heart rate variability (HRV), a study published online in Diabetes Care has
suggested, may be related to risk for incident diabetes in young Asian adults.

Young Lee,
from Sungkyunkwan University in Seoul, South Korea, and colleagues assessed
whether altered HRV could predict the risk for diabetes among 54,075 adults
without diabetes who underwent three-minute HRV measurement during health check-ups
between 2011 and 2014 with follow-up through 2017.

researchers found that during follow-up, 1,369 individuals were diagnosed with
diabetes. In the group with diabetes, both time and frequency domain variables
were lower, with the exception of those with normalized low-frequency (LF)
power and the LF-to-high frequency (HF) ratio.

As the
standard deviation of the normal-to-normal interval, root mean square
differences of successive normal-to-normal interval, and normalized HF tertiles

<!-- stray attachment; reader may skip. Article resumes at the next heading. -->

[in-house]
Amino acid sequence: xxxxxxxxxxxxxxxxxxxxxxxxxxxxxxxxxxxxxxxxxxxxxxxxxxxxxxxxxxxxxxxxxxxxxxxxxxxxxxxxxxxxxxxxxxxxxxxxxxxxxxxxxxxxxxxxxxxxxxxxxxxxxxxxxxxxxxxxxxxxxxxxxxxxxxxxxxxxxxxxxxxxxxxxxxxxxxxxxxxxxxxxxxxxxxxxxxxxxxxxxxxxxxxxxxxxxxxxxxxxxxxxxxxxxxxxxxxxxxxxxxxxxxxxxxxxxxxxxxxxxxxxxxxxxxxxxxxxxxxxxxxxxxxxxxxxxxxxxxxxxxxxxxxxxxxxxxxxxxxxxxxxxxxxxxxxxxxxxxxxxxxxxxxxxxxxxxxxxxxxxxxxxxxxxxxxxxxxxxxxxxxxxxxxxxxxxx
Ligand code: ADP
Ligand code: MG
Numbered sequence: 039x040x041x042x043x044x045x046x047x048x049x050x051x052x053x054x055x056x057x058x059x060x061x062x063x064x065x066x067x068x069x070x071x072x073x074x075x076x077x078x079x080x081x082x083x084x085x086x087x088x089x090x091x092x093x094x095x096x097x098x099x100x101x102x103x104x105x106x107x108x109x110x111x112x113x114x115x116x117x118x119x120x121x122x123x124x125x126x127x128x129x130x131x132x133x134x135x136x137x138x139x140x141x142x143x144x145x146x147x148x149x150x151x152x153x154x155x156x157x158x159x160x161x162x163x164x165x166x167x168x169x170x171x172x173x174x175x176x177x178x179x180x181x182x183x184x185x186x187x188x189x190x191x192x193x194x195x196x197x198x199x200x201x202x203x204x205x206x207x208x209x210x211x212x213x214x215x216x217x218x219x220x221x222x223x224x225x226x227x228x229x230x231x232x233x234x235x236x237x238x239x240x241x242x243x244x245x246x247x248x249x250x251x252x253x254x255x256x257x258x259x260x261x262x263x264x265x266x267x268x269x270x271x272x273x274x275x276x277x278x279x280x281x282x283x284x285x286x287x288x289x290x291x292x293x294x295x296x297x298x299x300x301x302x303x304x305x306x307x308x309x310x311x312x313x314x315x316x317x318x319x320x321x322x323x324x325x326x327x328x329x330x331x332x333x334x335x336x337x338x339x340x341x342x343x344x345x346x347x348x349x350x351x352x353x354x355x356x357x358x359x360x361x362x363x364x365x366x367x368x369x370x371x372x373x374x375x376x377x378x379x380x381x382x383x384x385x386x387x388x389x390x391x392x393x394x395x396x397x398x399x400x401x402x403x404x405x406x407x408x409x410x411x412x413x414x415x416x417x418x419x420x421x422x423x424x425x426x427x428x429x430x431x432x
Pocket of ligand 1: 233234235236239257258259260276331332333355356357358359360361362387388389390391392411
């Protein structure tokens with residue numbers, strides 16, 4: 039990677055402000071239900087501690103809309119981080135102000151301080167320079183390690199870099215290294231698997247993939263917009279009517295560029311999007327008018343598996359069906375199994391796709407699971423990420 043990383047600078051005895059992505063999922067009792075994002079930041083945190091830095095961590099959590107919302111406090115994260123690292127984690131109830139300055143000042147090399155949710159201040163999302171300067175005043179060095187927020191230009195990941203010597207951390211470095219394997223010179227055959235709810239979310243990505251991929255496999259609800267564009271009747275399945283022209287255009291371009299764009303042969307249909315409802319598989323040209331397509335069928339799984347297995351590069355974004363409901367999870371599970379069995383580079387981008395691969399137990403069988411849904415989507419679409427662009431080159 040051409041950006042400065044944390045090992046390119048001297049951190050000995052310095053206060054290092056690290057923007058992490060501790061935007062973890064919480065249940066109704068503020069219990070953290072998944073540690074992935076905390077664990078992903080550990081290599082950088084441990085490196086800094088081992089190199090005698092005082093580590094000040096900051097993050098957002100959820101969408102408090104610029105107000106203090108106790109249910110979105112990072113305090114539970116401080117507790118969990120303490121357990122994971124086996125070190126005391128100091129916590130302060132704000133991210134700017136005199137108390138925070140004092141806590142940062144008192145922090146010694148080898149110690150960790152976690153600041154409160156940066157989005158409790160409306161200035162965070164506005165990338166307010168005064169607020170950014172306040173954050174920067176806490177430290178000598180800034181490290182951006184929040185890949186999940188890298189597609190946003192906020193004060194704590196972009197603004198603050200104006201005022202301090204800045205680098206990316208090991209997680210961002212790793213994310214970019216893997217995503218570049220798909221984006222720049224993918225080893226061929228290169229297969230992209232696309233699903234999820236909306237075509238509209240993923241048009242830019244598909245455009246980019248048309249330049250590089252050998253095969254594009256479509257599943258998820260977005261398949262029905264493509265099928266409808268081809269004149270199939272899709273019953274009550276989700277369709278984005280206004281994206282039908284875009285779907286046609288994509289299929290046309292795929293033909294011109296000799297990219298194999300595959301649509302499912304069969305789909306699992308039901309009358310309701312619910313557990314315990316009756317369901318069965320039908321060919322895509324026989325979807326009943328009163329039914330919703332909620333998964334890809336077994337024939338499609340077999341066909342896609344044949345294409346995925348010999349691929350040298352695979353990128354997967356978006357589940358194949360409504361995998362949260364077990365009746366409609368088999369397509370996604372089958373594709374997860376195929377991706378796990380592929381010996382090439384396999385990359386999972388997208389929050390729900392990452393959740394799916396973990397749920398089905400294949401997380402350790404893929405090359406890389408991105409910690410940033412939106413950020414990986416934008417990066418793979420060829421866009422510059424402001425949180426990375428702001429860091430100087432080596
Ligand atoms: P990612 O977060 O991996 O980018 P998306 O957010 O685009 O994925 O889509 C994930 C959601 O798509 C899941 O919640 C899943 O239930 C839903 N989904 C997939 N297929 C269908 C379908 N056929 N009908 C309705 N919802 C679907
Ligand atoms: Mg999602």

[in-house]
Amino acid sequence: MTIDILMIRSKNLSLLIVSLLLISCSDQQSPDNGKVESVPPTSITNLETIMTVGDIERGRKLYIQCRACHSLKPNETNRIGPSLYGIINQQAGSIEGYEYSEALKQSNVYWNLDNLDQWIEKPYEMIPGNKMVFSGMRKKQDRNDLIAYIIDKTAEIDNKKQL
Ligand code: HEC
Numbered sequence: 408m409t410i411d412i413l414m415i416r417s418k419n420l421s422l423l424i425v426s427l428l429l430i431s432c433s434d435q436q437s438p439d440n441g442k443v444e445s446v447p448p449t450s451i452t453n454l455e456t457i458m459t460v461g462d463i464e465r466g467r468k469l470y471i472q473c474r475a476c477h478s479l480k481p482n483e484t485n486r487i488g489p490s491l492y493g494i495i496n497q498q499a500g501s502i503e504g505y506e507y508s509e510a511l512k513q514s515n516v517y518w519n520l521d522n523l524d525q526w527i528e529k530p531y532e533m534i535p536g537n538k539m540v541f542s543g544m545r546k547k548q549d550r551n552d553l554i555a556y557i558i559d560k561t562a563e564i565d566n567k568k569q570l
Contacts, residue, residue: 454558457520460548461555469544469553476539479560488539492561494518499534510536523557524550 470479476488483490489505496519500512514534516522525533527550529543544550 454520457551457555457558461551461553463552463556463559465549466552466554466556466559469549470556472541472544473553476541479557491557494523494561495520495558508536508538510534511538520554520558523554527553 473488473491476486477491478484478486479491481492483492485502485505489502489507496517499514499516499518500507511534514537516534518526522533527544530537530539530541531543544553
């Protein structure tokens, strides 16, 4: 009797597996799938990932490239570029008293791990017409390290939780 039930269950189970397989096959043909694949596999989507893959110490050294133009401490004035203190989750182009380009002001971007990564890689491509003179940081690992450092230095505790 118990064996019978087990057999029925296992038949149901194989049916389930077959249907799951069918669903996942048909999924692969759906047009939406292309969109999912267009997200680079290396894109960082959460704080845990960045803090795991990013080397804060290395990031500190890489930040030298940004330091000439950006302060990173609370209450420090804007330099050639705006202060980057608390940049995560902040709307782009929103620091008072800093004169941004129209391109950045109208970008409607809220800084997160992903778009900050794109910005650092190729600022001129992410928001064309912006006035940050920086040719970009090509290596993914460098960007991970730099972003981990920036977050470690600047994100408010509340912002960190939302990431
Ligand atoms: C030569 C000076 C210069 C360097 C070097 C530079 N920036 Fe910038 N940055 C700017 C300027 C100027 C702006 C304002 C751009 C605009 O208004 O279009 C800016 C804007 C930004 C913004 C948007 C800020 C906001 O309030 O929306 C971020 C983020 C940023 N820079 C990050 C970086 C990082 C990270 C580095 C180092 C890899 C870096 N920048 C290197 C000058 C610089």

increased, the risk for diabetes decreased (hazard ratios [HRs] of tertile 3:
0.81, 0.76, and 0.78, respectively), whereas the risk for diabetes increased in
the case of heart rate, normalized LF, and LF/HF ratios (HRs of tertile 3:
1.41, 1.32, and 1.31, respectively) when adjusting for age, sex, body mass
index, smoking, drinking, systolic blood pressure, lipid level, C-reactive
protein, and homeostatic model assessment of insulin resistance.

HRV, especially decreased vagal activity and deviation in sympathovagal
imbalance to sympathetic activity,” the authors wrote, “might precede incident


et al: Decreased Vagal Activity and Deviation in Sympathetic Activity Precedes
Development of Diabetes;